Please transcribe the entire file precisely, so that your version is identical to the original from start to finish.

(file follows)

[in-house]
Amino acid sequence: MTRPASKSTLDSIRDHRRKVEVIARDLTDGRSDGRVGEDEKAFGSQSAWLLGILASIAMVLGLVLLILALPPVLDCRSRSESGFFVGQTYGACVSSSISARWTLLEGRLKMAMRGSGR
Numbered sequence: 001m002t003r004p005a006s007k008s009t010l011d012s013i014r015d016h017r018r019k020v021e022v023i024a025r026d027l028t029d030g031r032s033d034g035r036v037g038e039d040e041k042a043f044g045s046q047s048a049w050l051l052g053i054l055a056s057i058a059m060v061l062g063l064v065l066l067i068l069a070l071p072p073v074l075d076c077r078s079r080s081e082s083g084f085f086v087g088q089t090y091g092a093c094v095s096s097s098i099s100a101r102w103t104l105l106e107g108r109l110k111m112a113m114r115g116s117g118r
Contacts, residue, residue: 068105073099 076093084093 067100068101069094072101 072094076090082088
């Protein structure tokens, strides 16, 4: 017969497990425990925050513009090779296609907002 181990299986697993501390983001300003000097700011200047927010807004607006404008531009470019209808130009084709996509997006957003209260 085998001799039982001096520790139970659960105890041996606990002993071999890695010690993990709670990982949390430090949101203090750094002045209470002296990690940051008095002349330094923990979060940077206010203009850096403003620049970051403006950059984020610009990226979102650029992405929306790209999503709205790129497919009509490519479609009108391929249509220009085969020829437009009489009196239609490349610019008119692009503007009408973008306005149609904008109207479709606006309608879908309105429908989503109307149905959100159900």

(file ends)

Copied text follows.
[in-house]
Amino acid sequence: MTRPASKSTLDSIRDHRRKVEVIARDLTDGRSDGRVGEDEKAFGSQSAWLLGILASIAMVLGLVLLILALPPVLDCRSRSESGFFVGQTYGACVSSSISARWTLLEGRLKMAMRGSGR
Numbered sequence: 001m002t003r004p005a006s007k008s009t010l011d012s013i014r015d016h017r018r019k020v021e022v023i024a025r026d027l028t029d030g031r032s033d034g035r036v037g038e039d040e041k042a043f044g045s046q047s048a049w050l051l052g053i054l055a056s057i058a059m060v061l062g063l064v065l066l067i068l069a070l071p072p073v074l075d076c077r078s079r080s081e082s083g084f085f086v087g088q089t090y091g092a093c094v095s096s097s098i099s100a101r102w103t104l105l106e107g108r109l110k111m112a113m114r115g116s117g118r
Contacts, residue, residue: 068105073099 076093084093 067100068101069094072101 072094076090082088
């Protein structure tokens, strides 16, 4: 017969497990425990925050513009090779296609907002 181990299986697993501390983001300003000097700011200047927010807004607006404008531009470019209808130009084709996509997006957003209260 085998001799039982001096520790139970659960105890041996606990002993071999890695010690993990709670990982949390430090949101203090750094002045209470002296990690940051008095002349330094923990979060940077206010203009850096403003620049970051403006950059984020610009990226979102650029992405929306790209999503709205790129497919009509490519479609009108391929249509220009085969020829437009009489009196239609490349610019008119692009503007009408973008306005149609904008109207479709606006309608879908309105429908989503109307149905959100159900």